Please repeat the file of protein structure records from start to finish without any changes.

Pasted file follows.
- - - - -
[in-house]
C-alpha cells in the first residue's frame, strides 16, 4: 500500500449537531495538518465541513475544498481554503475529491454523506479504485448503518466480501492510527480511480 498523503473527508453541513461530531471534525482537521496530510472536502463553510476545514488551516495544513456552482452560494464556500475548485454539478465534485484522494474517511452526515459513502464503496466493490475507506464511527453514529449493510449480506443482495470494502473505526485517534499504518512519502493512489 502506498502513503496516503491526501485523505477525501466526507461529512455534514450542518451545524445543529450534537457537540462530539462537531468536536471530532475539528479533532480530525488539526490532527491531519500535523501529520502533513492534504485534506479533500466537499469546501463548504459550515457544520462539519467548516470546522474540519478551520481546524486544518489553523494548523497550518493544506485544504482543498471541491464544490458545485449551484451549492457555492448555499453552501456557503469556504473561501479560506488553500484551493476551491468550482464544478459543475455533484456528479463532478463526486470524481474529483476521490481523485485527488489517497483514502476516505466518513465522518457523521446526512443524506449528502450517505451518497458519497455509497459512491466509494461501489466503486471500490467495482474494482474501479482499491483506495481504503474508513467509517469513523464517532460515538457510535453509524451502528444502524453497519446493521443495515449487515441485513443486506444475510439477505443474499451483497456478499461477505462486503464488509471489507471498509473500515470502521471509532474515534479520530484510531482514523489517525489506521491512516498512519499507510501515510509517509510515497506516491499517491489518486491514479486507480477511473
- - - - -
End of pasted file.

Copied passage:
[in-house]
C-alpha cells in the first residue's frame, strides 16, 4: 500500500449537531495538518465541513475544498481554503475529491454523506479504485448503518466480501492510527480511480 498523503473527508453541513461530531471534525482537521496530510472536502463553510476545514488551516495544513456552482452560494464556500475548485454539478465534485484522494474517511452526515459513502464503496466493490475507506464511527453514529449493510449480506443482495470494502473505526485517534499504518512519502493512489 502506498502513503496516503491526501485523505477525501466526507461529512455534514450542518451545524445543529450534537457537540462530539462537531468536536471530532475539528479533532480530525488539526490532527491531519500535523501529520502533513492534504485534506479533500466537499469546501463548504459550515457544520462539519467548516470546522474540519478551520481546524486544518489553523494548523497550518493544506485544504482543498471541491464544490458545485449551484451549492457555492448555499453552501456557503469556504473561501479560506488553500484551493476551491468550482464544478459543475455533484456528479463532478463526486470524481474529483476521490481523485485527488489517497483514502476516505466518513465522518457523521446526512443524506449528502450517505451518497458519497455509497459512491466509494461501489466503486471500490467495482474494482474501479482499491483506495481504503474508513467509517469513523464517532460515538457510535453509524451502528444502524453497519446493521443495515449487515441485513443486506444475510439477505443474499451483497456478499461477505462486503464488509471489507471498509473500515470502521471509532474515534479520530484510531482514523489517525489506521491512516498512519499507510501515510509517509510515497506516491499517491489518486491514479486507480477511473